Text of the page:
Adeline Genée was a prima ballerina, a founding member of the Royal Academy of Dance (and its first President) and a Dame Commander of the British Empire. Yet she has never received the recognition she deserves as a world class dancer and key protagonist in the creation of a British ballet culture. Why might this be? What made Genée so remarkable and who is the woman behind the porcelain princess?
Born Anina Jensen in Aarhus, Denmark in 1878, Genée began her dance training with her uncle, Alexandre, and made her debut in Oslo at the age of ten. It is worth noting that the bulk of Genée’s performing career was spent in the music hall, a form of light entertainment popular throughout Britain in the late 19th and early 20th centuries. Music hall (or palace of varieties) offered an evening’s entertainment comprising a series of ‘acts’ with a Grand Ballet as the main attraction. London’s two most famous venues, the Alhambra and the Empire Theatre, were both located in Leicester Square and attracted huge audiences across a diverse social spectrum. Genée enjoyed a ten-year reign (from 1897 to 1907) as première danseuse at the Empire, an unprecedented achievement which won her consistent critical acclaim and a host of admirers.
Genée performed in ballets created by Kati Lanner (resident teacher and choreographer at the Empire) as well as creating works in collaboration with her uncle, gaining high praise for Les Papillons (1900), High Jinks (1904) and Cinderella (1906). Other London performances included La Camargo (1912) and the very first British performance of Coppélia (1912) at the Coliseum. She undertook regular tours of the US, billed as ‘the world’s greatest dancer’, making her American debut in Ziegfield’s The Soul Kiss in 1908. She subsequently toured Australia and New Zealand, before returning to the Coliseum for her last major performances in London as The Pretty Prentice (1916).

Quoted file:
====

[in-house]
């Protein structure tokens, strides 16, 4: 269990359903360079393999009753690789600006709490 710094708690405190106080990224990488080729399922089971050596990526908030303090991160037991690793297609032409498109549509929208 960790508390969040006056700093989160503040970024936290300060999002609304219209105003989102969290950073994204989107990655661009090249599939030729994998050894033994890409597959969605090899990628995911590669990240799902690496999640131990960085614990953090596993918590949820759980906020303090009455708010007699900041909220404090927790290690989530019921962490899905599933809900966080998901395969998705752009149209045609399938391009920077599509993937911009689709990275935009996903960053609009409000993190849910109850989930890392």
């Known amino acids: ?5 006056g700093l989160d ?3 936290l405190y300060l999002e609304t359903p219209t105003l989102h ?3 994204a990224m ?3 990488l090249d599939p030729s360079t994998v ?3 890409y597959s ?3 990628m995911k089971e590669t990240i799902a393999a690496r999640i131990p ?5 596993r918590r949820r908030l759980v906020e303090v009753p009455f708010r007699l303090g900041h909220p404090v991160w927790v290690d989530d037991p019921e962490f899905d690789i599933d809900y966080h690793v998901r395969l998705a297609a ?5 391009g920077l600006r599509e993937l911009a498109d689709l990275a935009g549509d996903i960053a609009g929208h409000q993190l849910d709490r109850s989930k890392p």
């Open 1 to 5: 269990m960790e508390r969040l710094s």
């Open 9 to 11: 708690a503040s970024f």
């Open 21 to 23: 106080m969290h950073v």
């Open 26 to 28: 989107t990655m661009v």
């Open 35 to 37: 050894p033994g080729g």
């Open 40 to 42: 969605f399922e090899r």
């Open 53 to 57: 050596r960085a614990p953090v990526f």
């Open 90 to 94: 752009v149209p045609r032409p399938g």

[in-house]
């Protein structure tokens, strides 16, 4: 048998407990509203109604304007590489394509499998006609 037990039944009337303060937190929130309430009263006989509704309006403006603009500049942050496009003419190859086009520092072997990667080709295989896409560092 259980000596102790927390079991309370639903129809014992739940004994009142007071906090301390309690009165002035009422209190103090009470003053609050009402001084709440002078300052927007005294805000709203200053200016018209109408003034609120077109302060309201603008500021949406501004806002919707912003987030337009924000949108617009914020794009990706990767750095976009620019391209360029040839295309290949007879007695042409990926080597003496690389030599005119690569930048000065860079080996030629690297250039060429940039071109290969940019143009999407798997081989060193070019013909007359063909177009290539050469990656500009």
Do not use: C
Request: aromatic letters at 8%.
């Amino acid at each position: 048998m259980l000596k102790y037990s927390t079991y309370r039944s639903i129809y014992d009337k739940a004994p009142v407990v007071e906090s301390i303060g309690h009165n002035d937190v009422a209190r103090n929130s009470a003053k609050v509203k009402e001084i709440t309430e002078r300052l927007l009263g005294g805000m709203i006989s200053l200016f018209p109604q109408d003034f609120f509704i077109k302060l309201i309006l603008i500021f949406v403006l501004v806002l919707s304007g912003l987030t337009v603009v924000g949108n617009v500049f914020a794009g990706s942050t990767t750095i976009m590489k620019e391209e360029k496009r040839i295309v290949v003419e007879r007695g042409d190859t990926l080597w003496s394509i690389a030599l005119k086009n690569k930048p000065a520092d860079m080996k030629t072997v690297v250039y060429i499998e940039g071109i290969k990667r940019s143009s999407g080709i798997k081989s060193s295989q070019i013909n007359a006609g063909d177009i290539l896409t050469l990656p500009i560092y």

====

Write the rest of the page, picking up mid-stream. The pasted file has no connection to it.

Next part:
This brief summary cannot do Genée’s career justice but it is worth highlighting the sheer volume of work involved. The music hall was not repertory theatre with seasons and breaks in between; the doors at the Empire opened all year round. In addition, Genée could not alternate with a second or third cast: her devoted audiences would not accept anyone else. Similarly, on tour, Genée would give hundreds of performances, many of them solo, with the highest expectations from management and audiences alike. Performing night after night as the star attraction (and without the benefit of today’s dance science and supplementary training regimes) must have taken an immense amount of dedication, discipline and stamina – not to mention a clean, assured technique which minimised wear and tear or career-threatening injury.
We might find it shocking that Genée refused Diaghilev’s offer to join the Ballets Russes, turning down the opportunity to join an illustrious group of creative artists who achieved mythological status. Fokine might have created a new role for her – she could have danced in Les Sylphides or Petrouchka or choreographed her own ballet to a newly commissioned score from Ravel or Debussy. But she did none of those things – preferring to remain at the Empire where she was regularly billed alongside jugglers, contortionists, comedians and performing pets!